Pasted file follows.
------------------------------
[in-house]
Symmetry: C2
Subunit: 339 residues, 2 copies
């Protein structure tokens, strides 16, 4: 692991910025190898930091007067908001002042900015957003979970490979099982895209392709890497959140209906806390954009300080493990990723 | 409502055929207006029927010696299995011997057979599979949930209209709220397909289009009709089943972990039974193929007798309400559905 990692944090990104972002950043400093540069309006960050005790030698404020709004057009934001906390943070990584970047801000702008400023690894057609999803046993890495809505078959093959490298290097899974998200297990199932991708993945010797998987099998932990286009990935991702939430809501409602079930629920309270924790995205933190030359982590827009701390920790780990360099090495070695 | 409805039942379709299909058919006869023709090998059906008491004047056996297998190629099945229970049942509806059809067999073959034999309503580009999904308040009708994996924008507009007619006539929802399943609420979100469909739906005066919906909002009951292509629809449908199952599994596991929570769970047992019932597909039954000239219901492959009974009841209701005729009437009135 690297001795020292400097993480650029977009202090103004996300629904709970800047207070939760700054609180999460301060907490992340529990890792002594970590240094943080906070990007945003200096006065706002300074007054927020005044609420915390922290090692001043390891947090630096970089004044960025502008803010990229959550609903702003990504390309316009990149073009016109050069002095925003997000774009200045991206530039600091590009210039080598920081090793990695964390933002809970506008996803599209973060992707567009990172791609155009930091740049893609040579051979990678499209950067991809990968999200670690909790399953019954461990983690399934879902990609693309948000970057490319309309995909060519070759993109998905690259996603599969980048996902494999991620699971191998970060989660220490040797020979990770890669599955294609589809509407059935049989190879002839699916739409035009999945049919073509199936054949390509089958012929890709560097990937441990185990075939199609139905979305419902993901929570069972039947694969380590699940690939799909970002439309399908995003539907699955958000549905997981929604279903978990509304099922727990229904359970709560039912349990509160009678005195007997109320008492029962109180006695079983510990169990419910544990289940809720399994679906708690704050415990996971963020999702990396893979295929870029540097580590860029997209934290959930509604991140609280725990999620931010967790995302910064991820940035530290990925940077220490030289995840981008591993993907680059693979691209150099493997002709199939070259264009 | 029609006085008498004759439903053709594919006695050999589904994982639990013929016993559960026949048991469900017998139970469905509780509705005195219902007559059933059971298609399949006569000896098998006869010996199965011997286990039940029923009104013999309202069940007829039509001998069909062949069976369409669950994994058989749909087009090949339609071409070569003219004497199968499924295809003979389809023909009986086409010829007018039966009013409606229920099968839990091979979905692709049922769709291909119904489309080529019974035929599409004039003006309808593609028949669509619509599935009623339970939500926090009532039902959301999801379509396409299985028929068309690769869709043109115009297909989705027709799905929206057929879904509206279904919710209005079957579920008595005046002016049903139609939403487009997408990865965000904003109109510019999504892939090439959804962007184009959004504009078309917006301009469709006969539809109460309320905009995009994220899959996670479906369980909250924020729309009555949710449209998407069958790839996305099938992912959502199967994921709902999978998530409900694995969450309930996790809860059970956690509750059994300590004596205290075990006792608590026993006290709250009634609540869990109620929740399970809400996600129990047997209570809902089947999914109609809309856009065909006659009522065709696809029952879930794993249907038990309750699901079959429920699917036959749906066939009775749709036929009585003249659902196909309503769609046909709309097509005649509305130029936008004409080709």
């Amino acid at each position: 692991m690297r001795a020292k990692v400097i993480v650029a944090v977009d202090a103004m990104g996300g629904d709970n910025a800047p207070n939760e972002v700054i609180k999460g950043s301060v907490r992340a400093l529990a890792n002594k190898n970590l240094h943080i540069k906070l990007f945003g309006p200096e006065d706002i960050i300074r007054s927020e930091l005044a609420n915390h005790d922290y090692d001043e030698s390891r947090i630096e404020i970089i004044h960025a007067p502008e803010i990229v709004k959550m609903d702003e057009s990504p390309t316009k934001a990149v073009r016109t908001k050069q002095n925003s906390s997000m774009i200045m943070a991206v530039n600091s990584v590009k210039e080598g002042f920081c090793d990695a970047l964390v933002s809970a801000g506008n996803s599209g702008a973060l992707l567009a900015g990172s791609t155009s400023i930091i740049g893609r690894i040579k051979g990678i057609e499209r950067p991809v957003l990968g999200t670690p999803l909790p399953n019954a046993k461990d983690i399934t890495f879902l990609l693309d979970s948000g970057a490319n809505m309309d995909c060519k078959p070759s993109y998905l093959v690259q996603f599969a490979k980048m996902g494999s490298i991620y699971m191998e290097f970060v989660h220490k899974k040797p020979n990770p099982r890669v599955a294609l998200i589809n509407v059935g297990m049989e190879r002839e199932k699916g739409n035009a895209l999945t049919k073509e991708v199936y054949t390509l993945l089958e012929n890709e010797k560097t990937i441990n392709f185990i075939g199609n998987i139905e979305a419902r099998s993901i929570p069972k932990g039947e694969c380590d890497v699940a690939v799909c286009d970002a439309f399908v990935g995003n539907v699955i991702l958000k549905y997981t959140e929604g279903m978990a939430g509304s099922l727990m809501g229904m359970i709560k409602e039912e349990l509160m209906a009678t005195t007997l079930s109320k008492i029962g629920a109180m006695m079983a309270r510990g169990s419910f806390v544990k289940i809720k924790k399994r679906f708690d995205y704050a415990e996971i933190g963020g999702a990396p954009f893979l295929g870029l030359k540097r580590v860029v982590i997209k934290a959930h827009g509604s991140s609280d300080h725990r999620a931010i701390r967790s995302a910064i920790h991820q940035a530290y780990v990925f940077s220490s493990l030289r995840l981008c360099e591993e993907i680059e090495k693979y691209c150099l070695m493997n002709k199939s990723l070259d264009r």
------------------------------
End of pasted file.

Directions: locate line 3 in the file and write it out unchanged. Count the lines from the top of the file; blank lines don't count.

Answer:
Subunit: 339 residues, 2 copies